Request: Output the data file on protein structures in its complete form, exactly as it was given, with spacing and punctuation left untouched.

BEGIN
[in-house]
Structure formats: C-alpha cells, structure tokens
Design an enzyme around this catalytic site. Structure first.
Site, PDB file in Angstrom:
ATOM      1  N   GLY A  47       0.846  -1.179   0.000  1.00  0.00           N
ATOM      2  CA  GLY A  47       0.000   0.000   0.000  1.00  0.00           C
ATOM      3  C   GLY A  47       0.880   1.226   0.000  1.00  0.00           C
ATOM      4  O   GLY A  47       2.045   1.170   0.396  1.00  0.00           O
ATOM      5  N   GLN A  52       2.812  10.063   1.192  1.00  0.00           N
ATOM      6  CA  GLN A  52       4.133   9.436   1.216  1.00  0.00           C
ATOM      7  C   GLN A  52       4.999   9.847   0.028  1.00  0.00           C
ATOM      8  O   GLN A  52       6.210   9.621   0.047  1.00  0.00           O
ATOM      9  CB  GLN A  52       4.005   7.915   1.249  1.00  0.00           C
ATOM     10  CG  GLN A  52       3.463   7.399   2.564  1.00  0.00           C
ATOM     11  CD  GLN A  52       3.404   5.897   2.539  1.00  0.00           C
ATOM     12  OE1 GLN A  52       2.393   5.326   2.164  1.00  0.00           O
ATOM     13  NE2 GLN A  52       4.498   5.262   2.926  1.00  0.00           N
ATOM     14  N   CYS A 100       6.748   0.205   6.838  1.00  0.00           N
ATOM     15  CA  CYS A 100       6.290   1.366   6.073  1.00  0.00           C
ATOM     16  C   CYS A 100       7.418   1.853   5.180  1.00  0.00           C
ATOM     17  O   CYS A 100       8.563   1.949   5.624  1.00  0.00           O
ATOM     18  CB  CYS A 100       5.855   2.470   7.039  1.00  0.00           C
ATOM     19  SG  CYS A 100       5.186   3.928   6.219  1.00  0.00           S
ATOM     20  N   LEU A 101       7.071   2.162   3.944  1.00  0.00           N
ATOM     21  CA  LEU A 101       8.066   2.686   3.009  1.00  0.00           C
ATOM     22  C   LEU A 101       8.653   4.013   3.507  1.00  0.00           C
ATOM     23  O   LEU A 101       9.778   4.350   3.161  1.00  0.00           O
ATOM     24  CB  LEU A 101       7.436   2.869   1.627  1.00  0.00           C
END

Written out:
[in-house]
Structure formats: C-alpha cells, structure tokens
Design an enzyme around this catalytic site. Structure first.
Site, PDB file in Angstrom:
ATOM      1  N   GLY A  47       0.846  -1.179   0.000  1.00  0.00           N
ATOM      2  CA  GLY A  47       0.000   0.000   0.000  1.00  0.00           C
ATOM      3  C   GLY A  47       0.880   1.226   0.000  1.00  0.00           C
ATOM      4  O   GLY A  47       2.045   1.170   0.396  1.00  0.00           O
ATOM      5  N   GLN A  52       2.812  10.063   1.192  1.00  0.00           N
ATOM      6  CA  GLN A  52       4.133   9.436   1.216  1.00  0.00           C
ATOM      7  C   GLN A  52       4.999   9.847   0.028  1.00  0.00           C
ATOM      8  O   GLN A  52       6.210   9.621   0.047  1.00  0.00           O
ATOM      9  CB  GLN A  52       4.005   7.915   1.249  1.00  0.00           C
ATOM     10  CG  GLN A  52       3.463   7.399   2.564  1.00  0.00           C
ATOM     11  CD  GLN A  52       3.404   5.897   2.539  1.00  0.00           C
ATOM     12  OE1 GLN A  52       2.393   5.326   2.164  1.00  0.00           O
ATOM     13  NE2 GLN A  52       4.498   5.262   2.926  1.00  0.00           N
ATOM     14  N   CYS A 100       6.748   0.205   6.838  1.00  0.00           N
ATOM     15  CA  CYS A 100       6.290   1.366   6.073  1.00  0.00           C
ATOM     16  C   CYS A 100       7.418   1.853   5.180  1.00  0.00           C
ATOM     17  O   CYS A 100       8.563   1.949   5.624  1.00  0.00           O
ATOM     18  CB  CYS A 100       5.855   2.470   7.039  1.00  0.00           C
ATOM     19  SG  CYS A 100       5.186   3.928   6.219  1.00  0.00           S
ATOM     20  N   LEU A 101       7.071   2.162   3.944  1.00  0.00           N
ATOM     21  CA  LEU A 101       8.066   2.686   3.009  1.00  0.00           C
ATOM     22  C   LEU A 101       8.653   4.013   3.507  1.00  0.00           C
ATOM     23  O   LEU A 101       9.778   4.350   3.161  1.00  0.00           O
ATOM     24  CB  LEU A 101       7.436   2.869   1.627  1.00  0.00           C